(1) It is the FHWA’s policy to allow the use of signs to acknowledge the provision of highway-related services under both corporate and volunteer sponsorship programs. It is essential that good, basic engineering practices be followed, such as simplifying sign message content, using reasonable sign sizes consistent with the provisions of the MUTCD, and minimizing driver distraction.
(2) The FHWA recognizes a distinction between signing intended as advertising and signing intended as a sponsorship acknowledgment. Advertising generally has little, if any, relationship to a highway service provided. Instead, the advertiser seeks to get its recognizable message, company emblem, or logo before the public, and if possible, information on how or where to obtain the company’s products or services. In most cases, if the sign goes beyond recognizing the company’s contribution to a particular highway service or includes telephone numbers, Internet addresses, or directional information, the sign is more properly classified as an advertising sign and not as an acknowledgment sign.
(3) The use of highway right-of-way for advertising purposes is not allowed.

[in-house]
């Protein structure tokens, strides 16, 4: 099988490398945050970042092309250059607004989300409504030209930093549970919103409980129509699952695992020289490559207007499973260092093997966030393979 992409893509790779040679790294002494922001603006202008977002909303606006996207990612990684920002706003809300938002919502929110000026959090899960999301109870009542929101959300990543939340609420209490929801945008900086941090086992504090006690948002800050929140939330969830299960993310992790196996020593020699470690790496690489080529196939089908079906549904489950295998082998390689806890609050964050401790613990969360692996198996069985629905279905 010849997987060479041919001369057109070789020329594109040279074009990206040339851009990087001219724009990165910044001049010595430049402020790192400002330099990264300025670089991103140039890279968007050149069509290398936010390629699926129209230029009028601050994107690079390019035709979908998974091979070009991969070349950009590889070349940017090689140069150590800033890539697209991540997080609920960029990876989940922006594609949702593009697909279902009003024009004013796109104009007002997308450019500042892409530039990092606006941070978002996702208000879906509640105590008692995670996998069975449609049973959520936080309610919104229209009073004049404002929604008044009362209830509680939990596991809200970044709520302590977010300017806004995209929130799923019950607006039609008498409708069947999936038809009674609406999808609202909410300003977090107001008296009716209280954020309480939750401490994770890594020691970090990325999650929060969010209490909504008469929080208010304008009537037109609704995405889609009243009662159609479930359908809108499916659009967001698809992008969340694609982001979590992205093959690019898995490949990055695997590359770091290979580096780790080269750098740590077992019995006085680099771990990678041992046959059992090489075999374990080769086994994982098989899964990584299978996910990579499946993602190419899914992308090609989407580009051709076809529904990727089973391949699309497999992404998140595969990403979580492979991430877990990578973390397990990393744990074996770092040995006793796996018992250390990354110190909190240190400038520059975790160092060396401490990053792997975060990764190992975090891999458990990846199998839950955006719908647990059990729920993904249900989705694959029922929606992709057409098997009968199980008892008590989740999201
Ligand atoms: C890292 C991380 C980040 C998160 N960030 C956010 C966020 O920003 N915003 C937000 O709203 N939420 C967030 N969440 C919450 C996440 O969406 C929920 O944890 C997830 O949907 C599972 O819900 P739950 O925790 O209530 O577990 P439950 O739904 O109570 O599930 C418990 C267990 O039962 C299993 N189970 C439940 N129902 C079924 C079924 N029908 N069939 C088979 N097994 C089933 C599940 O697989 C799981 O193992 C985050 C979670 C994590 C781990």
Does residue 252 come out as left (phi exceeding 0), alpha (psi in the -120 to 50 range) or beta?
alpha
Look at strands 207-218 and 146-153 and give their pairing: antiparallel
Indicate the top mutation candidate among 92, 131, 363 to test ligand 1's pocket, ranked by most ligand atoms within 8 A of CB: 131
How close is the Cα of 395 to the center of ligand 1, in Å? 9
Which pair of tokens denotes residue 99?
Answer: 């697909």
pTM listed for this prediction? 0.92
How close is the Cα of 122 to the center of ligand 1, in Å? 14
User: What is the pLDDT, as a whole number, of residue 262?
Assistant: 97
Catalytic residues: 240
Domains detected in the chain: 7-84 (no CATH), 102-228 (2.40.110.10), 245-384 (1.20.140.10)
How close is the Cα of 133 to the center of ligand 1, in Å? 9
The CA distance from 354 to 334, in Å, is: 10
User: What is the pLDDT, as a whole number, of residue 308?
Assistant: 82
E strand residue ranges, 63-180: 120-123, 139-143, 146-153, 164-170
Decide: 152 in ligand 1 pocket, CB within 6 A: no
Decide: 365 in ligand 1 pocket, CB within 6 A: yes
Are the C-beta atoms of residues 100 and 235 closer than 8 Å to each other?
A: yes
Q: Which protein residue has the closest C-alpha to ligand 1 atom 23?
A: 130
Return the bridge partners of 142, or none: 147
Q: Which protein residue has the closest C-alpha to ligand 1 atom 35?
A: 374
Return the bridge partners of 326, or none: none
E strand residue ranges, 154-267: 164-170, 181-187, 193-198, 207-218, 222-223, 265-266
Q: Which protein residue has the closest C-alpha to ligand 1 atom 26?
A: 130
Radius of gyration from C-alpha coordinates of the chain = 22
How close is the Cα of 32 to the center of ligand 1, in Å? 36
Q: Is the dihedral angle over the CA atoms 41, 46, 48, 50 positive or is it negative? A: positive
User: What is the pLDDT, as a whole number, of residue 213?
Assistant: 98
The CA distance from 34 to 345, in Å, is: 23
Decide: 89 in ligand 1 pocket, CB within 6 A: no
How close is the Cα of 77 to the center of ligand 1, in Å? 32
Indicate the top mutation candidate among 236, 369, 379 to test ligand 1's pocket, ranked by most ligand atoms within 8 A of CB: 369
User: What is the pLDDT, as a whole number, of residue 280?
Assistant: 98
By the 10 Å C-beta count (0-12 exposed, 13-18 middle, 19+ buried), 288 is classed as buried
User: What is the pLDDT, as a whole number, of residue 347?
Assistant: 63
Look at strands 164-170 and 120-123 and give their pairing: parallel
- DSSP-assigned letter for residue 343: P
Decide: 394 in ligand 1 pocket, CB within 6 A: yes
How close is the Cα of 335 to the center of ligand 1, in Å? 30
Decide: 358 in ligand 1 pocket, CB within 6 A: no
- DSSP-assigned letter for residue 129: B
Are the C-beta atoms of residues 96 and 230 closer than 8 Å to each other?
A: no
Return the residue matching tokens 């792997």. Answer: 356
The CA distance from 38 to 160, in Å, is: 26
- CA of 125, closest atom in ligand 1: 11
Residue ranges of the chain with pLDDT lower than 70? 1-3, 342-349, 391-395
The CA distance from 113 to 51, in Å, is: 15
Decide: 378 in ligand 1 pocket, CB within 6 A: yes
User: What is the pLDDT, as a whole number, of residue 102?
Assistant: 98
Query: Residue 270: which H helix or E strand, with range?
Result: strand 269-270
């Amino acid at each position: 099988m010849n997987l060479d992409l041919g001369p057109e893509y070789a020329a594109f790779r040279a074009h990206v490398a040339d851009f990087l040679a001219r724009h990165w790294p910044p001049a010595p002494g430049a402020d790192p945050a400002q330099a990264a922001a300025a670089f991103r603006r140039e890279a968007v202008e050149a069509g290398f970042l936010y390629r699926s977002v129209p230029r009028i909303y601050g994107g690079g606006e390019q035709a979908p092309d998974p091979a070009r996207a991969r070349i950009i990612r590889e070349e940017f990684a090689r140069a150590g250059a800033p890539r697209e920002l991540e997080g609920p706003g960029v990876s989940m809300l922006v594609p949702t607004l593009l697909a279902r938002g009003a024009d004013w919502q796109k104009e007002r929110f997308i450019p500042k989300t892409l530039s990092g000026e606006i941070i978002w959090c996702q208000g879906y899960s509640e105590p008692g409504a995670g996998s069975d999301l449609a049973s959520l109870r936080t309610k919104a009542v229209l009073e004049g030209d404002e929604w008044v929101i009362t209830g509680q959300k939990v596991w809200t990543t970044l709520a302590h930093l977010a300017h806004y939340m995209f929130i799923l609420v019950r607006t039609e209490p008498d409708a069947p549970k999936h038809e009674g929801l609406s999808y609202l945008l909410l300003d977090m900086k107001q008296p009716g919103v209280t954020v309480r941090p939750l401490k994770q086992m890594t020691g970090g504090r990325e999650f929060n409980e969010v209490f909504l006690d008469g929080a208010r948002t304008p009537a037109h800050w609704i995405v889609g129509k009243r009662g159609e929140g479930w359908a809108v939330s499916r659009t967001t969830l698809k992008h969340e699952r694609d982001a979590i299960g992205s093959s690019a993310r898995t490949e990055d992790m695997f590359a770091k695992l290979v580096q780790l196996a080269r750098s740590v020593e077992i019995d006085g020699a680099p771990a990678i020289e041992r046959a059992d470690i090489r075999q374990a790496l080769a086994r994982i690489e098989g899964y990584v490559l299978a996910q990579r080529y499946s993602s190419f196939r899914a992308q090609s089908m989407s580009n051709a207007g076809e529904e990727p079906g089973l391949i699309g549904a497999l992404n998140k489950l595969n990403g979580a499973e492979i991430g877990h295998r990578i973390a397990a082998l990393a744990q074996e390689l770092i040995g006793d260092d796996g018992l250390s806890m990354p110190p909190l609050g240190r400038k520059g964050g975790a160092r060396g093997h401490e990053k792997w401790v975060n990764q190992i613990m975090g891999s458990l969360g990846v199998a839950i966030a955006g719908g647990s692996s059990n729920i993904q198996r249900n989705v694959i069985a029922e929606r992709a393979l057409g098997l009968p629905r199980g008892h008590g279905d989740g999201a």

(a) When advertising within the highway right-of-way is identified, the FHWA Division Administrator should take timely notice and develop a plan for corrective action to bring the State into compliance with the CFR.
(b) This policy position is consistent with the principles and intent of several laws and regulations including 23 CFR 1.23(b), 23 U.S.C. 109(d), 23 U.S.C. 131, and 23 CFR Part 750. Furthermore, Paragraph 3 in Section 1A.01 in the MUTCD states, “Traffic control devices or their supports shall not bear any advertising message or any other message that is not related to traffic control.”
(c) These laws and regulations are based on safety and operational concerns, particularly as related to driver distraction. Highway signs and other traffic control devices convey crucial information. In order for road users to perceive and respond appropriately to critical information, the conspicuity of highway signs and other traffic control devices must be preserved so that the safe and orderly movement of traffic is not compromised.
Sponsorship policies and agreements
(1) In order to be eligible for acknowledgment within the public right-of-way, sponsorship policies and agreements should follow these principles:
(a) Sponsorship agreements can allow sponsors to provide products, services, or monetary contributions.
(b) Sponsorship agreements may be of any duration. However, these agreements should:
1 be economically sustainable and provide a net benefit to the public, and
2 include provisions for maintenance and removal of physical elements after the agreement expires or the sponsor withdraws.
(c) Agreements can be applicable to a site, a corridor, or a specific highway operation. If a sponsor is making a monetary contribution, the recipient agency needs to identify specific sites, corridors, or operations supported by the monetary contribution in the sponsorship agreement.